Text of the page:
Fig Harvest Woes: What I Learned About Growing Figs

By Becca Badgett | May 14, 2020
Image by ValentynVolkov
by Becca Badgett
May 14, 2020

I love figs and the long history associated with them, so I was happy to have the perfect spot for planting a couple of Brown Turkey fig trees when we moved here four years ago. As you probably know, fruit crops normally come in fully on the third year, so I was excited to see them loaded with green fruits – for a little while anyway.

Harvesting Figs is a Continual Process

It turns out that the fig harvest is a little different from blueberries and strawberries that will keep in the refrigerator for a couple days, or apples that will store for months. You must deal with figs immediately or they become overripe. If you pick them a little before the optimum stage of readiness, they’ll be ripe the next day.

I admit, most of the already ripened figs never made it into the house. Knowing they’d be too ripe by the next day, I was compelled to eat them. I did share a few with the rest of the family, though.

After a daily check of the plants for several weeks, I finally had enough to cover a cheesecake, but that was it for the first harvest. However, there were still little green figs on many branches and new ones popping out in September. Since our first frost date is normally around October 15 here, I was concerned they might get frostbitten.

Fig Harvest Time and Unripe Fruit

Why are figs still green? As I often suggest to readers, I did some additional research. I learned that figs are one of those fruits that produce a second crop which may not have time to get ripe. And that it’s actually the fourth year after planting when we should expect a full crop instead of the third. Apparently, fig trees have a long juvenile period. Who knew?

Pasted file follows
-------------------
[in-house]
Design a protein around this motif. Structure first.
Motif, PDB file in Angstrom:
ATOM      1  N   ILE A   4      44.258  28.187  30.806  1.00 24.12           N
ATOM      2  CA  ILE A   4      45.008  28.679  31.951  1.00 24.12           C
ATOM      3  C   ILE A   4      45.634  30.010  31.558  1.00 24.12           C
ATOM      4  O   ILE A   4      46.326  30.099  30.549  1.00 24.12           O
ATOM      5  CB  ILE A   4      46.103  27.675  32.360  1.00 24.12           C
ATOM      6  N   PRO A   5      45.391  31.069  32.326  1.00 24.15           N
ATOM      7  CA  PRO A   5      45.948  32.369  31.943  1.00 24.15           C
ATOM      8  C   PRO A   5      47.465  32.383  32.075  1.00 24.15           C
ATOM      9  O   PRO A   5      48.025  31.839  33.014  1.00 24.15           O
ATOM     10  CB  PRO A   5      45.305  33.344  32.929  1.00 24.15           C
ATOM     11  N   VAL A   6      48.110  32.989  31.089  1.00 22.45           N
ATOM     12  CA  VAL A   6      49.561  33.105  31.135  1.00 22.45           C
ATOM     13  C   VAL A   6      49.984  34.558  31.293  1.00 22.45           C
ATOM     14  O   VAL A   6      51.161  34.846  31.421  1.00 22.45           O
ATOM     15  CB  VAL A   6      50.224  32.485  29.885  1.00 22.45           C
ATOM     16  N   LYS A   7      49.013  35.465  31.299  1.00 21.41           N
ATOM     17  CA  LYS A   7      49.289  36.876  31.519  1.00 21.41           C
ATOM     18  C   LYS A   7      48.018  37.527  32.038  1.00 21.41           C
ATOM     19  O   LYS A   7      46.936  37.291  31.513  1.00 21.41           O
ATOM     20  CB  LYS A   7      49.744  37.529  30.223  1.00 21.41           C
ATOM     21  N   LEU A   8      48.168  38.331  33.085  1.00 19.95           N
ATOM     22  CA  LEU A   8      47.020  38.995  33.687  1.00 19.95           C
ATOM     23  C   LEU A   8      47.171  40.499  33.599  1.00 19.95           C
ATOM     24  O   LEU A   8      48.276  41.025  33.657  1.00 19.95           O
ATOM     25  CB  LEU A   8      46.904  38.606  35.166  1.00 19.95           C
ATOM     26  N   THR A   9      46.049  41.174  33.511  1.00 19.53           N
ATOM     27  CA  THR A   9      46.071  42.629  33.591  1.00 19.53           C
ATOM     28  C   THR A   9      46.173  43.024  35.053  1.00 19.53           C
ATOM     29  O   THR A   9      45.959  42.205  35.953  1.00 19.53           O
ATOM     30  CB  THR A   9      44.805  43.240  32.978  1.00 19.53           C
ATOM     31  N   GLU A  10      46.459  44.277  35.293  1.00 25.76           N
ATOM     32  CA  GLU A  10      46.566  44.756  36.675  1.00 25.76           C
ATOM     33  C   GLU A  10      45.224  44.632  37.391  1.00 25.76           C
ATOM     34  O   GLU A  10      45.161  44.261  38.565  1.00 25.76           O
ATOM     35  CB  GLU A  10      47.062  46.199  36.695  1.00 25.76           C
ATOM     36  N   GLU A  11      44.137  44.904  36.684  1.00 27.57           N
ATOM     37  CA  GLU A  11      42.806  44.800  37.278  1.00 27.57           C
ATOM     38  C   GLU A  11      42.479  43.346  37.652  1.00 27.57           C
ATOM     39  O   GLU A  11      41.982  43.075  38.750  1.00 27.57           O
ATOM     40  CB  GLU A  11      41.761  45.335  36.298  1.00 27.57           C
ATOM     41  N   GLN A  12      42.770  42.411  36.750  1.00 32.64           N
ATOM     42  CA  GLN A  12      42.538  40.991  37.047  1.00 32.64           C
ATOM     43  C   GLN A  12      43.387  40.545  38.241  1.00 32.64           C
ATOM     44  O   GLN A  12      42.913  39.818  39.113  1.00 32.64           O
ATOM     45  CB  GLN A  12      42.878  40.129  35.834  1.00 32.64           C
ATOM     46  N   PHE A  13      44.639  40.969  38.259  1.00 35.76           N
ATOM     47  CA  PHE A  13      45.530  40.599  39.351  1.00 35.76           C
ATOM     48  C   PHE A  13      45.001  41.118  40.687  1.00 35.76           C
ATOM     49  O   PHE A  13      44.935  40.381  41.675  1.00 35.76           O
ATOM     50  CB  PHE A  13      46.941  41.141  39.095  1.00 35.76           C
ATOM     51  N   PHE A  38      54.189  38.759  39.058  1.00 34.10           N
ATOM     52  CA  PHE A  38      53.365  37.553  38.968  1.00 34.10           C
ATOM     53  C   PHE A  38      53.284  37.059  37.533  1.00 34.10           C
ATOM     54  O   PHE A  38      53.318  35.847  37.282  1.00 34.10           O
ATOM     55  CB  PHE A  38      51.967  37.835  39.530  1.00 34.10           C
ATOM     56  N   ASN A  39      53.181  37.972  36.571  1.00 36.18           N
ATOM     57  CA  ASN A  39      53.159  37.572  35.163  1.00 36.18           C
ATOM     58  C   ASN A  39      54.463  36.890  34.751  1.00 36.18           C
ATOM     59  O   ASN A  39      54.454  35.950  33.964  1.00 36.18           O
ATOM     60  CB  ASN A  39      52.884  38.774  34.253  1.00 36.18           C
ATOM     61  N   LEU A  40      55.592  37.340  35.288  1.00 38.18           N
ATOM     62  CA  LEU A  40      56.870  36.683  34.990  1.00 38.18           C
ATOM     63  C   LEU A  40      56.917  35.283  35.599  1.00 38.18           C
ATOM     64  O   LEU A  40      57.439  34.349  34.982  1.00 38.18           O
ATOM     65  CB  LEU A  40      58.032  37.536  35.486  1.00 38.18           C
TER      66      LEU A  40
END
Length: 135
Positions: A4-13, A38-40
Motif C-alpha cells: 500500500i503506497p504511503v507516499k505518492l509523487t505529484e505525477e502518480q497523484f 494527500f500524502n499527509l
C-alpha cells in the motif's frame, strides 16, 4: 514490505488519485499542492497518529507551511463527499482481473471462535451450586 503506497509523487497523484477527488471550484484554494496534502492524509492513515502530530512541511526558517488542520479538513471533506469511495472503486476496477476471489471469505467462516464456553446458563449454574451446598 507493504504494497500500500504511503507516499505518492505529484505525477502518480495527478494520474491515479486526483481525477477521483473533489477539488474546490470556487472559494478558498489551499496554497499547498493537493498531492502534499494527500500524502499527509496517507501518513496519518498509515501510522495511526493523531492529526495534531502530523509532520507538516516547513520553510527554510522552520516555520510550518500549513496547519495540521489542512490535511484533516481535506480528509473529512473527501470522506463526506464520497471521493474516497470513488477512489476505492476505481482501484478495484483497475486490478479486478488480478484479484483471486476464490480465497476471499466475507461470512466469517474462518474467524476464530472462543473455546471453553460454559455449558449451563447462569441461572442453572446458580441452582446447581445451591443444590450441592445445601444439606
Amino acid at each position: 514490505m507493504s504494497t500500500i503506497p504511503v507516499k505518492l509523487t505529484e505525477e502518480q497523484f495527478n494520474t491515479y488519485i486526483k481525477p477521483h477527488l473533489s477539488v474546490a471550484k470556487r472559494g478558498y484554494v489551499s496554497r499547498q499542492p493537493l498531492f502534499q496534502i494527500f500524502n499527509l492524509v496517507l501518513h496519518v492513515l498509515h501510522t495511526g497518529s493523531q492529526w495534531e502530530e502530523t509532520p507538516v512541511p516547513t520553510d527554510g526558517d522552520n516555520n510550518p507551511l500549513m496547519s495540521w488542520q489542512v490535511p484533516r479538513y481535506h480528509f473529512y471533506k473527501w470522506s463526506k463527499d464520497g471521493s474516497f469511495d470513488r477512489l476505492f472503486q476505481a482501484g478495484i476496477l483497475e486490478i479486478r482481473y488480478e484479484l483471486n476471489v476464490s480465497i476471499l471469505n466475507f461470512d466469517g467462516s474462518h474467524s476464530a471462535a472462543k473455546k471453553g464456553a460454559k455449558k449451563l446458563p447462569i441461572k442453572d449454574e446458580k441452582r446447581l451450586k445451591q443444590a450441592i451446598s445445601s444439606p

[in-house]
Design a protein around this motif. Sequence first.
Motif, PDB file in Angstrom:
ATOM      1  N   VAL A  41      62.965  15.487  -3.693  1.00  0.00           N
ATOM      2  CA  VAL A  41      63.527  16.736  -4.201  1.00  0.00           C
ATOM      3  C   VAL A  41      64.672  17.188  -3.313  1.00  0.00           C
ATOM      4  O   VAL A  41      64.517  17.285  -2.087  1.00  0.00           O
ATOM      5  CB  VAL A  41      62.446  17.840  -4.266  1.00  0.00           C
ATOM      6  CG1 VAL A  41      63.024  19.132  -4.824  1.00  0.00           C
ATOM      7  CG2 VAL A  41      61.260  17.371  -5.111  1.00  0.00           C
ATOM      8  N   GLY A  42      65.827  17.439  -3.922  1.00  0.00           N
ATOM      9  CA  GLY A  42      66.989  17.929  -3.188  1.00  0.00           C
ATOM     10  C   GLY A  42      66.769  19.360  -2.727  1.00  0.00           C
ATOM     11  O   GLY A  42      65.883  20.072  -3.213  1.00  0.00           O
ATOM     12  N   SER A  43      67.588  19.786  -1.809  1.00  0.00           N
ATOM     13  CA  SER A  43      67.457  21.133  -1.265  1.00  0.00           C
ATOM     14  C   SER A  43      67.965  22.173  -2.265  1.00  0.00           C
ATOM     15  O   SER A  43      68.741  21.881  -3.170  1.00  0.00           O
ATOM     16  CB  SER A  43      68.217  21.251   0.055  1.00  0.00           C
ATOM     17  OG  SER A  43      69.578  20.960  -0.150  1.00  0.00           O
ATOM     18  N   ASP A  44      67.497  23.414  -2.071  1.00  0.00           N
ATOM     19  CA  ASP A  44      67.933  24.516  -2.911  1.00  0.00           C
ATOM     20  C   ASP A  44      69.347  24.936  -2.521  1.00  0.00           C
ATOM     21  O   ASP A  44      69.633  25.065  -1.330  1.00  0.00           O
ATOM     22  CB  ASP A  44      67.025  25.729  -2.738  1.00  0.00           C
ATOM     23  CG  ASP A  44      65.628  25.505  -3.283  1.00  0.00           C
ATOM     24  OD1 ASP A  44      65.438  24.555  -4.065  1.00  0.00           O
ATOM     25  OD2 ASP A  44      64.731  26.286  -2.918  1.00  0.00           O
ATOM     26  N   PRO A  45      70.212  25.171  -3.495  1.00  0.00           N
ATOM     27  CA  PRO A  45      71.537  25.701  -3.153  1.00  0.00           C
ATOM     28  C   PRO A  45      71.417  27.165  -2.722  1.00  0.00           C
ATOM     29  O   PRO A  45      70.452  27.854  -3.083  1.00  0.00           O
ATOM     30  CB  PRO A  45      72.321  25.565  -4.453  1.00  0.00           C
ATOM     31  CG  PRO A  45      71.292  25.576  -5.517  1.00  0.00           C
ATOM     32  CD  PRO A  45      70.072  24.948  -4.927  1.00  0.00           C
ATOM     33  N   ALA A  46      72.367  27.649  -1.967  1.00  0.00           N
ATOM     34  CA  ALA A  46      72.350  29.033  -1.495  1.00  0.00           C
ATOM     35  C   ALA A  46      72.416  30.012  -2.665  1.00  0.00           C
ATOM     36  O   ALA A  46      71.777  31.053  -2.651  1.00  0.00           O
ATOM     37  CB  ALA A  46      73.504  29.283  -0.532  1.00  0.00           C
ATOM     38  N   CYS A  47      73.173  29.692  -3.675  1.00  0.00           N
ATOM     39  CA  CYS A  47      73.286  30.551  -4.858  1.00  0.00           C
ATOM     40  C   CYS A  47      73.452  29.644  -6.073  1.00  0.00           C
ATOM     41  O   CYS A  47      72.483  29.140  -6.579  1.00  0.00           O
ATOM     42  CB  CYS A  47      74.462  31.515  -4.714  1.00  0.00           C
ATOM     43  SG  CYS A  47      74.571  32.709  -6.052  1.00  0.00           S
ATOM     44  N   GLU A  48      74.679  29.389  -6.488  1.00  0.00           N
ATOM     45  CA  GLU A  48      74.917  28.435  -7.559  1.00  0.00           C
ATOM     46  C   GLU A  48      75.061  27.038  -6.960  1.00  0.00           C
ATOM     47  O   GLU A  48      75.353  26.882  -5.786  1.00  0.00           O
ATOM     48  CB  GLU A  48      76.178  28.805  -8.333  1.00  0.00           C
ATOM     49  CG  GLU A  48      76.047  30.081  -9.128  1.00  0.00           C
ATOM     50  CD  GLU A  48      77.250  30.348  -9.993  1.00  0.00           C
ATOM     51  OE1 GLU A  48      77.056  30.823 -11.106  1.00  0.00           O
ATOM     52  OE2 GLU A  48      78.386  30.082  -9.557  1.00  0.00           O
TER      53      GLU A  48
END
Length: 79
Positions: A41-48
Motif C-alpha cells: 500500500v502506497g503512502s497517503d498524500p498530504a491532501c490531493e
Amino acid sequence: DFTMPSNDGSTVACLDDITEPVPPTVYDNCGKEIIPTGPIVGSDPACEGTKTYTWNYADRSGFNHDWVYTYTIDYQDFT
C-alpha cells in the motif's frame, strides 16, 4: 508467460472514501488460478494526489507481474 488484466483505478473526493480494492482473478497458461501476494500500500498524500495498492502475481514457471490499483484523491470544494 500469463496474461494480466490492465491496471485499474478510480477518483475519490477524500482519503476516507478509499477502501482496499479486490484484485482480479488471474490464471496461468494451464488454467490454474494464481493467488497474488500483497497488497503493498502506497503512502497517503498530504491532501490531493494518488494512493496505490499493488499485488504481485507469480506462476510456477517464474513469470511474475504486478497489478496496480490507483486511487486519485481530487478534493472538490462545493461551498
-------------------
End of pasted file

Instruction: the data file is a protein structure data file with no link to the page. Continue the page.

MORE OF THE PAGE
I found out that the ripening of the second crop before frost is a problem in many areas. Some innovative growers suggest using the green fruits as stir-fry to add to spaghetti sauce. That didn’t sound too appetizing, so I tried another suggestion. I removed the tips from the branches that hold the still green fruit. This made sense, then the energy would be directed to the fruit by breaking apical dominance. Unfortunately, this didn’t seem to make them ripen and many are still green.

Some of my questions and concerns were answered, somewhat. So, we’ll see what next year brings for the fig crop. In the meantime, there’s late winter fertilization and a lot of pruning to be had. Fig tree cuttings anyone?

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